The Giants’ third and final first-round selection, Xavier O’Halloran, comes with terrific leadership qualities, having captained Vic Metro in the U/18 national championships.
A terrific runner, O’Halloran possesses genuine pace and agility and will be competing with his fellow draftees for a spot in the midfield.
Thanks to some clever live trading, the Giants were also able to secure West Australian speedster Ian Hill with selection 24.
Similar to his cousins Stephen and Bradley at Fremantle, Hill looks set to dazzle onlookers with his incredible pace, having completed the 20m sprint in 2.82 seconds at the draft combine.
Smaller than his cousins, Hill might need developing in the reserves before he is ready to compete at the AFL level.
A genuine gun of the competition, Stephen Coniglio enjoyed the best season of his career so far in the Supercoach world, averaging 108.4 points per match.
Capable of posting huge numbers, Coniglio is a great M3 or M4 option, and with the departure of Dylan Shiel, the 25-year-old looks set to find even more of the ball.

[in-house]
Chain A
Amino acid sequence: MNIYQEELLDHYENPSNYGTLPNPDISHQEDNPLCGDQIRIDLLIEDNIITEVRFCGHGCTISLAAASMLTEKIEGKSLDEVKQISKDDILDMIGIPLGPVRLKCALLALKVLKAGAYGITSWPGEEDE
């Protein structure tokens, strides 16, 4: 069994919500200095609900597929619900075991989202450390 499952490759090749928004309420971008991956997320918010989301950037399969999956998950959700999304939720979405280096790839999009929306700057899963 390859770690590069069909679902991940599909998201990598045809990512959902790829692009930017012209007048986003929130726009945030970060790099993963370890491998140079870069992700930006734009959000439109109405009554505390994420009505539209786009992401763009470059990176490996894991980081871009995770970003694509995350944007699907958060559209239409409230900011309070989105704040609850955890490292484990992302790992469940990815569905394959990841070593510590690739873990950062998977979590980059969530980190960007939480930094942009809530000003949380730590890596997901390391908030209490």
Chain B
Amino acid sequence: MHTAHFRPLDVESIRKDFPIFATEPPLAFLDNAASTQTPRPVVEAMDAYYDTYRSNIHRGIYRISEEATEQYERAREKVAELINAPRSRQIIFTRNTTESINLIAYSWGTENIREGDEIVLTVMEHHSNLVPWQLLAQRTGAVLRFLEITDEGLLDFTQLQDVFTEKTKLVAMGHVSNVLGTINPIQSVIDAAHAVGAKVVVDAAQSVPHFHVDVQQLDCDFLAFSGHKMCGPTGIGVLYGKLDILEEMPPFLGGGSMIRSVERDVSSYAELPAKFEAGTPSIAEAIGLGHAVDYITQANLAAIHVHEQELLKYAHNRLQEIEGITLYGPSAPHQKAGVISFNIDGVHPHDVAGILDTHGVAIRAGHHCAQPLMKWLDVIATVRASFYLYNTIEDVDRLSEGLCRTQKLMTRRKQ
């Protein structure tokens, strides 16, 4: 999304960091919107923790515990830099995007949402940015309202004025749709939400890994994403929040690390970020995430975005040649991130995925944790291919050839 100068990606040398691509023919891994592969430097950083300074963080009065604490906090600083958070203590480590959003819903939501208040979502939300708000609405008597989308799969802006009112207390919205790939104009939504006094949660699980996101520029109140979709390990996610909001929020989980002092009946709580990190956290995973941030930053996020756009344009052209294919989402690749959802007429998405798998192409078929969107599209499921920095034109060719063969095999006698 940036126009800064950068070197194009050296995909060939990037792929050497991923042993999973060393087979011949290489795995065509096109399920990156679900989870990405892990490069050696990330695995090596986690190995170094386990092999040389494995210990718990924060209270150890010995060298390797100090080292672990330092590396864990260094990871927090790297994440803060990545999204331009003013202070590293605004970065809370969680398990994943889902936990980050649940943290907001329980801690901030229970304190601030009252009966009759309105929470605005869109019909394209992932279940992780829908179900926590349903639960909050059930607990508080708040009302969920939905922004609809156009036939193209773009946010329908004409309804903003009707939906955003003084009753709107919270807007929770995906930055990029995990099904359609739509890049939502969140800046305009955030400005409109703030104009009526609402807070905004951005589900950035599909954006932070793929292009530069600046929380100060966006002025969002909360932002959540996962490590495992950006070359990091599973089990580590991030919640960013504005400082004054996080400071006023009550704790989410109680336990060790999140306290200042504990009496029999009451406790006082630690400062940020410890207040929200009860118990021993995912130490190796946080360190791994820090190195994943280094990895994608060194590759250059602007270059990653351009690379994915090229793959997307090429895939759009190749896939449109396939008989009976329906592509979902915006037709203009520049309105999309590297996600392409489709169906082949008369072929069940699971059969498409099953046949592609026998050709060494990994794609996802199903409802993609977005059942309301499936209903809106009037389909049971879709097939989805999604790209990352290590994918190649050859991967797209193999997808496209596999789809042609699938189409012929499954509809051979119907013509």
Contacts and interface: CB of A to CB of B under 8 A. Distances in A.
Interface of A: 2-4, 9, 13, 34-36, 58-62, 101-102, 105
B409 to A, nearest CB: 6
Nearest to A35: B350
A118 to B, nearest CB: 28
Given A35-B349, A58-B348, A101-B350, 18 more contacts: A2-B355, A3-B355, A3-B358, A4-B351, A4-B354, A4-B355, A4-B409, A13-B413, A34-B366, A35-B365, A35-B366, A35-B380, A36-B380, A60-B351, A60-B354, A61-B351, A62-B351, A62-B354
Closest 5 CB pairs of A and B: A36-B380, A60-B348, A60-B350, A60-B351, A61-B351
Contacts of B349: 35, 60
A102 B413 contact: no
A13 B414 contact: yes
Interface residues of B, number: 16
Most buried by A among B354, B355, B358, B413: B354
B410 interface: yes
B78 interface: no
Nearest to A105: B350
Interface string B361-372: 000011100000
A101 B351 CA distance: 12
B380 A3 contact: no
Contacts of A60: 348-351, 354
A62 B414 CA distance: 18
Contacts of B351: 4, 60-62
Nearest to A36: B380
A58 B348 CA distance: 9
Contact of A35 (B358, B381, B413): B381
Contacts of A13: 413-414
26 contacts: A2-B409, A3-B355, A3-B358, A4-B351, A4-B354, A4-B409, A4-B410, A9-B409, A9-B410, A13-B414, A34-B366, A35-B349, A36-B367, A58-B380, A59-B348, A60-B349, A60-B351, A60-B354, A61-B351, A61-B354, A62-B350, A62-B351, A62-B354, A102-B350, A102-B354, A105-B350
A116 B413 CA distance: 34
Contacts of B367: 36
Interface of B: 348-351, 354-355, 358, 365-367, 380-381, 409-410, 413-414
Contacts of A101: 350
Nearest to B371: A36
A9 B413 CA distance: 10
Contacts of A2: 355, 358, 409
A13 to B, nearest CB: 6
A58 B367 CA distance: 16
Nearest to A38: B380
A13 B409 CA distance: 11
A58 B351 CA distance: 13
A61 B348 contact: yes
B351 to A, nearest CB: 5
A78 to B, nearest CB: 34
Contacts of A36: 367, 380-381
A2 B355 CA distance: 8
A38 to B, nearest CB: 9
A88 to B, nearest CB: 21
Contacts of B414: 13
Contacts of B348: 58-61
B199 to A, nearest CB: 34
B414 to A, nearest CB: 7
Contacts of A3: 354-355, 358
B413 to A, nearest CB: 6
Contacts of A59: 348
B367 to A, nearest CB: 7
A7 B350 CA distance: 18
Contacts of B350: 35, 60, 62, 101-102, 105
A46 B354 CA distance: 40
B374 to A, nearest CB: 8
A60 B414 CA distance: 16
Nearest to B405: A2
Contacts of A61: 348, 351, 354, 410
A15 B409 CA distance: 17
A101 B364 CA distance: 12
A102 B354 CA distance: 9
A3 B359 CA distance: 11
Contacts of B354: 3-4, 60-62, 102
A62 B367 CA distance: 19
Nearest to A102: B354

A slightly riskier pick with potential massive upside is Toby Greene.
After an injury-riddled 2018 campaign that yielded just nine matches, Greene will be hoping he can have much better luck this season.
Expect Greene to be priced at about $400,000, which makes him a tantalising prospect.
Round 1: Essendon (SSGS)
Round 2: West Coast (OS)
Round 3: Richmond (SSGS)
Round 4: Geelong (GMHBA)
Round 5: Fremantle (UNSW)
Round 6: Sydney (SCG)
Round 7: St Kilda (UNSW)
Round 8: Hawthorn (MCG)
Round 9: Carlton (SSGS)
Round 10: Melbourne (MCG)
Round 11: Gold Coast (SSGS)
Round 12: Adelaide (AO)
Round 13: North Melbourne (BA)
Round 14: Bye
Round 15: Essendon (MRVL)
Round 16: Brisbane Lions (SSGS)
Round 17: Richmond (MCG)
Round 18: Collingwood (SSGS)
Round 19: Port Adelaide (AO)
Round 20: Sydney (SSGS)
Round 21: Hawthorn (UNSW)
Round 22: Western Bulldogs (SSGS)
Round 23: Gold Coast (MS)
Given their top six finish, the Giants have received a tough draw under the AFL’s weighted fixturing system.
As always, the Giants will play crosstown rivals Sydney twice, while they meet top eight sides Richmond and Hawthorn, as well as Essendon and Gold Coast, two times.
Greater Western Sydney will open their season with a blockbuster match against Essendon at Spotless Stadium, where they will face ex-Giant Dylan Shiel for the first time.
Later in the season, the Bombers will host the Giants in a marquee Thursday fixture at Marvel Stadium, while in Round 21, GWS take on Hawthorn on a Friday night.